I presented a session on the DAL 2 at DNN World in Orlando, and a few people asked about “calculated” properties - or properties that do not have any matching column in the database. This is an important feature for any “auto-mapped” repository implementation, so we have added three new Attributes that control the mapping of properties and columns.
So far in my review of the new DAL2 I have focused on the features designed to improve developer productivity - i.e. the Repository. In this post I am going to step back and look at other features which mimic the existing DAL+, and provide the developer with a sense of working “close to the metal”.
This is the third blog in my series describing the new DAL 2 data layer that we are introducing in DNN 7. In the first I gave an introduction into why we were introducing a new data Layer, and some of the basic features it provides, and in the second article I introduced the new built in IRepository of T implementation.
In my previous blog on the new DotNetNuke Data Access Layer, I introduced why we were building a new Data Access Layer and the basics about what the layer includes. In this blog I will dive a little deeper into how module developers can take advantage of the new DAL 2 by using the built in IRepository of T
So that you don’t have to refer back to the previous post, Listing 1 shows the same TaskInfo (model) class that I showed in the previous post, except I have renamed it to Task, and I have removed the ModuleId property, which means that any instance of the module will return the same set of Tasks. In a future blog I will discuss features of the DAL 2 API that allow you to scope your data.
DotNetNuke has essentially used the same data access layer since its earliest versions. This data layer uses an abstract DataProvider class together with a concrete SqlDataProvider class.
In theory this model supports the ability to use other database systems by building other concrete DataProvider implementations. However, in practice this is actually not very practical for a number of reasons, the main reason being the need to create database scripts for each concrete provider. As a result, there really aren’t any other database implementations available.
In our series on developing DotNetNuke Modules I have covered two ways to create a simple module - using DotNetNuke itself, and using WebMatrix. In this post I will show how Visual Studio can be used to create a similar Hello World module.
Before we do that lets take a more detailed look at the module control itself. As the examples in Hello World and Hello World 2 are similar, we will focus on the first example.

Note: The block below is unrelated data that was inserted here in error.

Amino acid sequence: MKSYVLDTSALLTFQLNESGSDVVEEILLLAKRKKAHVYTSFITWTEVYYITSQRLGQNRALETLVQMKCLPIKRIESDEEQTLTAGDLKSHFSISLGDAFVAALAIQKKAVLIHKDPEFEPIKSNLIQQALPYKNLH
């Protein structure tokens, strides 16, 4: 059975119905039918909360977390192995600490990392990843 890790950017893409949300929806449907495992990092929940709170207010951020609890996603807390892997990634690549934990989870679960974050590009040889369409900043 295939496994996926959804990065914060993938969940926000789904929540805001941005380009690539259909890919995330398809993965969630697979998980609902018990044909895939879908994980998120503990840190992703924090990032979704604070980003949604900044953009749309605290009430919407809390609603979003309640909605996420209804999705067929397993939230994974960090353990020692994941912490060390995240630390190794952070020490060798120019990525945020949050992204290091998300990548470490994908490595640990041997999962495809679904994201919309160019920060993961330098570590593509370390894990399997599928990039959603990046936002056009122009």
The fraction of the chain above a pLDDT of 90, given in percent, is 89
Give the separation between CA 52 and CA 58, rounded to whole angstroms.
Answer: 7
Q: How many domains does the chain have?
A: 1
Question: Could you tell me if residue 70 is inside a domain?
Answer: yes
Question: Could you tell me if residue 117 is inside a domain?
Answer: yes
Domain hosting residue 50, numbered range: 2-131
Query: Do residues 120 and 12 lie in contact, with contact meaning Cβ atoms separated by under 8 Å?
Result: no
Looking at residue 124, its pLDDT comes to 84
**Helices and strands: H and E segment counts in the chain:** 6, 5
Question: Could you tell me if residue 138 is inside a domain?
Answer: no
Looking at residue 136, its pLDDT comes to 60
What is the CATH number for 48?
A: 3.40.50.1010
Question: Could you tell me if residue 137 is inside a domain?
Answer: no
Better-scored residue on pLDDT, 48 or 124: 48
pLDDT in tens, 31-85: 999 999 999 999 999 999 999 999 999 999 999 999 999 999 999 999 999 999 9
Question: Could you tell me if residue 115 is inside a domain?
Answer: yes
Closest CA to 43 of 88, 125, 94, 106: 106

I will be presenting a session on Knockout.js.
- It’s a Knockout: MVVM Style Module Development
About the same time as I submitted sessions to DNN World I also submitted sessions to a couple of other conferences that are being held in the fall, and just over a week ago I heard that I was invited to speak at DevReach in Sofia, Bulgaria - the home of Telerik. DevReach is exactly a week before DNN World (Oct 4-5, 2012).
I will be presenting two sessions at DevReach and readers of this blog will not be surprised with the topics chosen.
- It’s a Knockout: MVVM Style Web Application Development (similar to my session at DNN World)
- Look Mom NoSQL: An Intro to NoSQL databases for Web Developers
In combination with these conferences I will be spending a few days in England visiting my Mum and sister, and I am speaking with a few UK User Groups to see if I can line up one or two User Group meetings while I am there.
In part 3 of this series on DotNetNuke Module Development we created our first module “Hello World”. In this blog I will describe a second way that you can create modules.
The next method we will use is to create the same User Control (ascx file) in a simple IDE like WebMatrix. WebMatrix is a free download from Microsoft, so is an excellent choice for novice or hobby developers who are just starting out on DotNetNuke development.
Back in April I started a series of blog posts on DotNetNuke Module Development. So far we haven’t actually done any development, so in this blog post we will create our first module, and in the long-held tradition of software development - lets call it Hello World.
In part 2 of this series I mentioned that the only thing required by a module was that it needed to implement the IModuleControl interface...